Valentine’s Day All Over the Big World

thebigword has offices in many different parts of the world. It is understood that our offices and our employees are all different, but who thought about our celebrations being so different? This special blog (interjecting the 5 parts of “Debunking 5 Myths about the Translation Service Industry”) is in honor of February 14th. Each country that thebigword is located in, speaks a different language, and they each celebrate Valentine’s Day in a unique way. Read on to see what this special day is like all over the world!


Valentine’s Day is very popular in Germany, but it was not that way until after World War II. With that, there may not be any baggies filled with treats or cards exchanged between children at schools, but that does not mean there is no love for adults! In Germany, Valentine’s Day is limited to the adults… Card-giving, heart-shaped chocolates, the whole shebang! While Germany does have a cute symbol of a little guy who gives flowers to loved ones, he is not the little baby you may know with angel wings who is equipped with a bow and arrow. He’s a pig. Yes, a pig. In fact, pigs are recognized as a sign of luck and lust in Germany, and sometimes they are shown offering flowers or laying in provocative postures on chocolate hearts. Other times, they are holding four-leaf clovers while climbing a little ladder on a heart. If you want to do this holiday right in Germany, give your loved one a giant ginger cookie with a little message on it!


In the UK it is tradition to celebrate Valentine’s Day by writing romantic, dreamy verses, lyrics, and sonnets in order to pay tribute to Saint Valentine, the icon of love. Unlike Germany, the children in the UK are heavily involved in the Valentine’s Day celebrations. They belt out songs of love and romance and receive candies and treats in return. The young girls wake up early and stand near the window with the hopes that the first man they see was meant for her. In some parts of the UK, Valentine’s Day is known as “Birds Wedding Day” because it is believed that birds choose their mates on February 14th. Additionally, it is custom to eat baked buns topped with caraway seeds, plums, and raisins. Valentine’s Day is filled with great joy because it marks the end of winter and beginning of spring. Although, the traditions in the UK are unique, they do not exclude the traditional heart-shaped cards, flowers, and chocolates. If you happen to be in the United Kingdom this time next year, just as a precaution, work on your penmanship and take some singing lessons!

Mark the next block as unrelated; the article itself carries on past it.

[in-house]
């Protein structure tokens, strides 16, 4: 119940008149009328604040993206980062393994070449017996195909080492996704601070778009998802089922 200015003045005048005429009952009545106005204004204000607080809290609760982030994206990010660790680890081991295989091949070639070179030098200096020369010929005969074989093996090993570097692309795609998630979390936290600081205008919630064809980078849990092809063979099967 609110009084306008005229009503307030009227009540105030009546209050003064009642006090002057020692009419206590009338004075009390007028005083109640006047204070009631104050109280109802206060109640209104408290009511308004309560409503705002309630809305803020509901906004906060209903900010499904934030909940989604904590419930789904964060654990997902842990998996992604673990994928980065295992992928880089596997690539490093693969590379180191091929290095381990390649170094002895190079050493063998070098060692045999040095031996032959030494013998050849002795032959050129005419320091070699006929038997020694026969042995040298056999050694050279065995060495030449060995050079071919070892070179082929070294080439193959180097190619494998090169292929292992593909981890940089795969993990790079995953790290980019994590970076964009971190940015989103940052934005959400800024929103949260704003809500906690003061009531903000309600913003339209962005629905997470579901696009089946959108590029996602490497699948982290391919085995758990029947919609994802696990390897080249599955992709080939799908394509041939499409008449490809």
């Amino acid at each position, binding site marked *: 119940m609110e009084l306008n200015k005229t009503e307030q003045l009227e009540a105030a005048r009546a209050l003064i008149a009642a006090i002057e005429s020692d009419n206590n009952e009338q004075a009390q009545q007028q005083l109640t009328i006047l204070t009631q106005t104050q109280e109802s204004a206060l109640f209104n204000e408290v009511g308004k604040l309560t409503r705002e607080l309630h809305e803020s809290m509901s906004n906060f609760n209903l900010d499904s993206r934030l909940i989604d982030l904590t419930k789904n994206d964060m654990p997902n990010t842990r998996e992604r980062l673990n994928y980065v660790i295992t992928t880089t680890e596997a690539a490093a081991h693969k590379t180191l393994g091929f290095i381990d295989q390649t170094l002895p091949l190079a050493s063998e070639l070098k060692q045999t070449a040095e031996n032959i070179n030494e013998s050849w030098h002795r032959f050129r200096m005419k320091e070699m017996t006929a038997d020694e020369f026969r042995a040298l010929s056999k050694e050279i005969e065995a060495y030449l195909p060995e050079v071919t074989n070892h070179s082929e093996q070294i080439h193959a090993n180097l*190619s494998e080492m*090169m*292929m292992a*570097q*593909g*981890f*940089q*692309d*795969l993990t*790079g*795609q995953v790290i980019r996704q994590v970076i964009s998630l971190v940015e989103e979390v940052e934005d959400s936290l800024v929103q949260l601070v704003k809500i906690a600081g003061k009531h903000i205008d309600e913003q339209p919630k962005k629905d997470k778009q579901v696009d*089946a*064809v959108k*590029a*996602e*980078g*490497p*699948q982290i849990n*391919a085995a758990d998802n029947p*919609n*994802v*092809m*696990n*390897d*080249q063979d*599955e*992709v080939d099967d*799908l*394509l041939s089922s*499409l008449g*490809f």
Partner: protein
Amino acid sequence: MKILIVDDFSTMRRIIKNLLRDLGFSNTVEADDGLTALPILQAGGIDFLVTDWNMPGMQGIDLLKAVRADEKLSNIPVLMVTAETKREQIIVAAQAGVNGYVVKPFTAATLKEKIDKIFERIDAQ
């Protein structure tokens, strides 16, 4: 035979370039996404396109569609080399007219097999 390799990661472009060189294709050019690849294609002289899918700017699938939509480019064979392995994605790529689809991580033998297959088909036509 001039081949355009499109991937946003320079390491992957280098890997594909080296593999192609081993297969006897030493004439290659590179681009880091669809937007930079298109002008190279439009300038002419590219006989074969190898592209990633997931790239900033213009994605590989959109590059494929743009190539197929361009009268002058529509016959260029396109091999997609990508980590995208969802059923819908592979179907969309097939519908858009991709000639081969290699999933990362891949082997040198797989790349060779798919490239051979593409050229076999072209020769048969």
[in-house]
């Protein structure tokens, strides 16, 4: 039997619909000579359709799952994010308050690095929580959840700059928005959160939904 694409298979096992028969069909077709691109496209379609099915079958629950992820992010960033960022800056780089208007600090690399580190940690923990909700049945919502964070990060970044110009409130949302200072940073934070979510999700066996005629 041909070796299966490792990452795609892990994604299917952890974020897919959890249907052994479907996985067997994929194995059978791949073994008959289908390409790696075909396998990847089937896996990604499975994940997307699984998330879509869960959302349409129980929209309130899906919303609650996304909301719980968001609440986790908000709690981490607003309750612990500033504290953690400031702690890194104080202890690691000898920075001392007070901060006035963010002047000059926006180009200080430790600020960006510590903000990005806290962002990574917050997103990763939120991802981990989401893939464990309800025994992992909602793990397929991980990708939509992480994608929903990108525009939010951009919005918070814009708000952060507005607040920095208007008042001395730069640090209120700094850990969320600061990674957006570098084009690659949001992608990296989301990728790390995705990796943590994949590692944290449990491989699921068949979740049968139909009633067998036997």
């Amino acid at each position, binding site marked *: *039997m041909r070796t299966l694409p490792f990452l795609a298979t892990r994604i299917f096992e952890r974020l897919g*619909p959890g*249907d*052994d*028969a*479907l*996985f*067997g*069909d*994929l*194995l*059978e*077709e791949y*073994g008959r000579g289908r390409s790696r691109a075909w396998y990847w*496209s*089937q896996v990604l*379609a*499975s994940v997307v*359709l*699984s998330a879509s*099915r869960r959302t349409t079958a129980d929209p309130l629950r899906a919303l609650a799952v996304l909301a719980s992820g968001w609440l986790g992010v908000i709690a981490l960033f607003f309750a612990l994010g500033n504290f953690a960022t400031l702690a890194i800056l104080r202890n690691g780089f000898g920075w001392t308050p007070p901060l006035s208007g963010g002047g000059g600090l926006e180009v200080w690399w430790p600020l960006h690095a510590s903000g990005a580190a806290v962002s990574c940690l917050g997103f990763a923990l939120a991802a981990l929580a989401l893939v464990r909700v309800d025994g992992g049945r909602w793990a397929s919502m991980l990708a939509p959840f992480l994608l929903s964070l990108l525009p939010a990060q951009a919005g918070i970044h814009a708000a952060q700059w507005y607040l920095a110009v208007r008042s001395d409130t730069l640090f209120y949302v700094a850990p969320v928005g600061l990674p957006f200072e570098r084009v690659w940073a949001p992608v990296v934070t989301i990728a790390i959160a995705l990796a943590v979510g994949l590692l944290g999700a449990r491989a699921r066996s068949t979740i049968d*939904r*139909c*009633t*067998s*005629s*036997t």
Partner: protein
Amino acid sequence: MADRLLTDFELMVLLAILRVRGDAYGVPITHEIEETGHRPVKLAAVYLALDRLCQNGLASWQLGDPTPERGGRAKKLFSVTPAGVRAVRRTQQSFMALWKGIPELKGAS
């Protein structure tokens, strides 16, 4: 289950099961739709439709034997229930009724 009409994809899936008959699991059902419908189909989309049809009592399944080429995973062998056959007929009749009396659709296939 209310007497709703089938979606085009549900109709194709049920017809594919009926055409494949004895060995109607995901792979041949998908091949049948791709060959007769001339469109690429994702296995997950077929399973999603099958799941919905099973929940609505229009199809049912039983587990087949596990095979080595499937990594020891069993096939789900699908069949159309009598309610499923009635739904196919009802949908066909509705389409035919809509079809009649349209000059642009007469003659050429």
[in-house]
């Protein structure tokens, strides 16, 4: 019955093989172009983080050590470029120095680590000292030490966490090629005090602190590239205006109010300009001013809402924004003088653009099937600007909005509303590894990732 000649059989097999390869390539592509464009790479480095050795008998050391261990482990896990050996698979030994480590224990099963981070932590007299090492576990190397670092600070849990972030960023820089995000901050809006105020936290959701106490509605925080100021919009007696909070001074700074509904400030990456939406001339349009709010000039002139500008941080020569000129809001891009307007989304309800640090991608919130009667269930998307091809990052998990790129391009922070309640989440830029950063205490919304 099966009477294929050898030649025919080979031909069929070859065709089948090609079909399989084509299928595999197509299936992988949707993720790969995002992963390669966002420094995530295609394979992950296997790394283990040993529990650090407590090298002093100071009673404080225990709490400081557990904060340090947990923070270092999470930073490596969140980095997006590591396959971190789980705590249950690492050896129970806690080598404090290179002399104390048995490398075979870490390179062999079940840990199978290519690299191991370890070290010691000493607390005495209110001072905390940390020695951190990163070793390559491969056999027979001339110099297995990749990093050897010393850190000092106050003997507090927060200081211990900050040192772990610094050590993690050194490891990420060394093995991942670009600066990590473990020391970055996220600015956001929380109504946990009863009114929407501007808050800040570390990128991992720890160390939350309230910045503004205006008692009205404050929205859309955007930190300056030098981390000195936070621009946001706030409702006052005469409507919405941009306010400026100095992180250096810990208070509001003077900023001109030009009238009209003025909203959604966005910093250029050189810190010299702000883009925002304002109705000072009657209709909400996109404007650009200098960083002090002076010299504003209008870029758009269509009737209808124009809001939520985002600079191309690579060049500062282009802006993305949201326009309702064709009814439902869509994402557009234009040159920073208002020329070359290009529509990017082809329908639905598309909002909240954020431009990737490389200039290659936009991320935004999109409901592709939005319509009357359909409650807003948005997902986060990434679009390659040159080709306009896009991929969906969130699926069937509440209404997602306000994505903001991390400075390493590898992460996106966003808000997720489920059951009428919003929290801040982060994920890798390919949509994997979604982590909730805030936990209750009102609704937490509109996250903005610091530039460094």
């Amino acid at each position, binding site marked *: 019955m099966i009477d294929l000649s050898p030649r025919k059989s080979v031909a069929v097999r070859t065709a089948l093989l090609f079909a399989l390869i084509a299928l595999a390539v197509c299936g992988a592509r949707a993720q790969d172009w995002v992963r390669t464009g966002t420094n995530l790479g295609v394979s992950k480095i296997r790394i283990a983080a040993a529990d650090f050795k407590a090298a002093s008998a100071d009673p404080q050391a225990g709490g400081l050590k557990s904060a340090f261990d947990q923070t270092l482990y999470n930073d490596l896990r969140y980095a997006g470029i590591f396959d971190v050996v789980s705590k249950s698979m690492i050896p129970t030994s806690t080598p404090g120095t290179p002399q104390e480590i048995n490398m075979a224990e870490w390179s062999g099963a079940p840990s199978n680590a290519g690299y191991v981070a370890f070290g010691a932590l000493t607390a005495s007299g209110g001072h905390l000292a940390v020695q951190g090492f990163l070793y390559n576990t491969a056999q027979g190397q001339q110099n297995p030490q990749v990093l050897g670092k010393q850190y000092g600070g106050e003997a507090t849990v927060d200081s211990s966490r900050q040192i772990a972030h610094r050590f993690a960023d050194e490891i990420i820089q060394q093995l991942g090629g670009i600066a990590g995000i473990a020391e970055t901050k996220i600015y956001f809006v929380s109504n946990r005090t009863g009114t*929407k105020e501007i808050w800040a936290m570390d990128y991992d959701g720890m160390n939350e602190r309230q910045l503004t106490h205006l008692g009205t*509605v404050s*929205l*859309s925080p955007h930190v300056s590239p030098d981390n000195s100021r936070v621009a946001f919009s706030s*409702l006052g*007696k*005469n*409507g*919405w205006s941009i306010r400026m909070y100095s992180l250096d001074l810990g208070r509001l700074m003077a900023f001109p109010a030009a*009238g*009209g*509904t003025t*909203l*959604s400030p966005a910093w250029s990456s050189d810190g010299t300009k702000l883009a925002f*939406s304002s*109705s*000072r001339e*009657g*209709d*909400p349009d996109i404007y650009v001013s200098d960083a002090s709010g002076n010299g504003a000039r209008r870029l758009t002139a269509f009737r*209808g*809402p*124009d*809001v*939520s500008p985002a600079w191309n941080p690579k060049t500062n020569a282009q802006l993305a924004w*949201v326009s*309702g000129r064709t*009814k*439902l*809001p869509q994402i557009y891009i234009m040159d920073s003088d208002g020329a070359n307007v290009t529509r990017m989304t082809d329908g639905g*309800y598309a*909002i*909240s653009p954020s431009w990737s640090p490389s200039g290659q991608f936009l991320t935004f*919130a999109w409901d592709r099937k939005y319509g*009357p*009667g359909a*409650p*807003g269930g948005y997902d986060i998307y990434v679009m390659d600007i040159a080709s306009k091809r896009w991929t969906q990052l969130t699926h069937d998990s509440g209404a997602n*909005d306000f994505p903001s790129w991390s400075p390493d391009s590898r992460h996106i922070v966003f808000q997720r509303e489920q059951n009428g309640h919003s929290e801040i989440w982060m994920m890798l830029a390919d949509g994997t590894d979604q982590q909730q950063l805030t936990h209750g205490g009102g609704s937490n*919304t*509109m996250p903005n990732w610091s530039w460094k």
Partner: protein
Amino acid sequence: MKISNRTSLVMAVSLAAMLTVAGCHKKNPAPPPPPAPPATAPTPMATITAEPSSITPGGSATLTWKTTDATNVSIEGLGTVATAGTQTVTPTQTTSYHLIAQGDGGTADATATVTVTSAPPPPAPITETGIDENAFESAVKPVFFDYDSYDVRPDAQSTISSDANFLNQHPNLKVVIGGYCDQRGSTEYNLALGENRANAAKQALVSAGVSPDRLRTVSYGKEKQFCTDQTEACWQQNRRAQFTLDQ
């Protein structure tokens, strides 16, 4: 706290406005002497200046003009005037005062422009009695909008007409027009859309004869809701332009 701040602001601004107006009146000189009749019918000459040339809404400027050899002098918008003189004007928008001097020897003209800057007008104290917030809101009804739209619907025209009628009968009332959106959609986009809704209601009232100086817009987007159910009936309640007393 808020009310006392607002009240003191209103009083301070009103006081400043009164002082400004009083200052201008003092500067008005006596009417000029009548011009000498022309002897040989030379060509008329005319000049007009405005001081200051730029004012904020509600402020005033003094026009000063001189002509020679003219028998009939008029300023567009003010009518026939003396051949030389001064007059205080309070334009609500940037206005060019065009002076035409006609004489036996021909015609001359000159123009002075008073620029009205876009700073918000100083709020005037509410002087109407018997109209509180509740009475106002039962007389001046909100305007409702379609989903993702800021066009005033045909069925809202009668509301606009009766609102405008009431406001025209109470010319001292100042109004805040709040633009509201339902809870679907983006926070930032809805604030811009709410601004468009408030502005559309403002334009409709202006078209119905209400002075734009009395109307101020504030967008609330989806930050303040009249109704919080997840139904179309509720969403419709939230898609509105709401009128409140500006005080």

On Valentine’s Day in Sweden, people go to Sweden’s capital, Stockholm, where most of the celebrations take place. All the important cities are covered in grand decorations, bright lights, and red and pink colors. Sweden has an array of exotic flowers that make for amazing Valentine’s Day bouquets. In Sweden, it is essential to have pastries, rises, and jelly hearts. Most couples in Sweden go out to romantic dinners, clubs with live music, or the beach to watch the sunset. The adults and youngsters all take part of the enormous Valentine’s Day celebrations by exchanging gift baskets, flower bouquets, candles, and more. Even the night life is filled with events that fit the Valentine’s Day theme. February 14th in Sweden turns every girl’s dream into reality. The cities become whimsical places where love may actually be in the air!


In Finland, February 14th is actually referred to as “Friendship Day.” While other countries celebrate Valentine’s Day with romance, Finnish people celebrate the importance of friendship. Male and female friends exchange gifts, including flower bouquets, perfumes, chocolates, gift baskets, and more. Most restaurants and pubs get decorated in Valentine’s Day paraphernalia. The children in Finland are supposed to say away from the celebrations for Valentine’s Day. However, teenagers and young adults enjoy the day with exchanging gifts and throwing parties.  Finland has greeting cards that are both romantic and funny for Valentine’s Day! Whether you are a couple of lovers or a couple of friends, Finland is great for you on this romantic… err… friendly holiday!